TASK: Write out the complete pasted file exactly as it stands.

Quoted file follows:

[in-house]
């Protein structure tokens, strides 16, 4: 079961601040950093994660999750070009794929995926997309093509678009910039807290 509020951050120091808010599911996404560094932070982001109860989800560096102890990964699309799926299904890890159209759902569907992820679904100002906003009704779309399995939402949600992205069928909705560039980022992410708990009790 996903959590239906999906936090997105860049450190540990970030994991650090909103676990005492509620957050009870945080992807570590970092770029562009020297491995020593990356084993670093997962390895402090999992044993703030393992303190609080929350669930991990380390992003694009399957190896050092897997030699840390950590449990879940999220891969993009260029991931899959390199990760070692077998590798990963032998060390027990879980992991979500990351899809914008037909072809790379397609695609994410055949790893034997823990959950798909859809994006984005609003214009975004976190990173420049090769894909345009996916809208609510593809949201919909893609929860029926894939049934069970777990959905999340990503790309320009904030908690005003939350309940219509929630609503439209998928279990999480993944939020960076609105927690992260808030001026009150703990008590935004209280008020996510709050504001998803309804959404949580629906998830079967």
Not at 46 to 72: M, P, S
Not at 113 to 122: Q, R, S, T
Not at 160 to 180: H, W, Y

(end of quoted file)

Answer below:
[in-house]
């Protein structure tokens, strides 16, 4: 079961601040950093994660999750070009794929995926997309093509678009910039807290 509020951050120091808010599911996404560094932070982001109860989800560096102890990964699309799926299904890890159209759902569907992820679904100002906003009704779309399995939402949600992205069928909705560039980022992410708990009790 996903959590239906999906936090997105860049450190540990970030994991650090909103676990005492509620957050009870945080992807570590970092770029562009020297491995020593990356084993670093997962390895402090999992044993703030393992303190609080929350669930991990380390992003694009399957190896050092897997030699840390950590449990879940999220891969993009260029991931899959390199990760070692077998590798990963032998060390027990879980992991979500990351899809914008037909072809790379397609695609994410055949790893034997823990959950798909859809994006984005609003214009975004976190990173420049090769894909345009996916809208609510593809949201919909893609929860029926894939049934069970777990959905999340990503790309320009904030908690005003939350309940219509929630609503439209998928279990999480993944939020960076609105927690992260808030001026009150703990008590935004209280008020996510709050504001998803309804959404949580629906998830079967």
Not at 46 to 72: M, P, S
Not at 113 to 122: Q, R, S, T
Not at 160 to 180: H, W, Y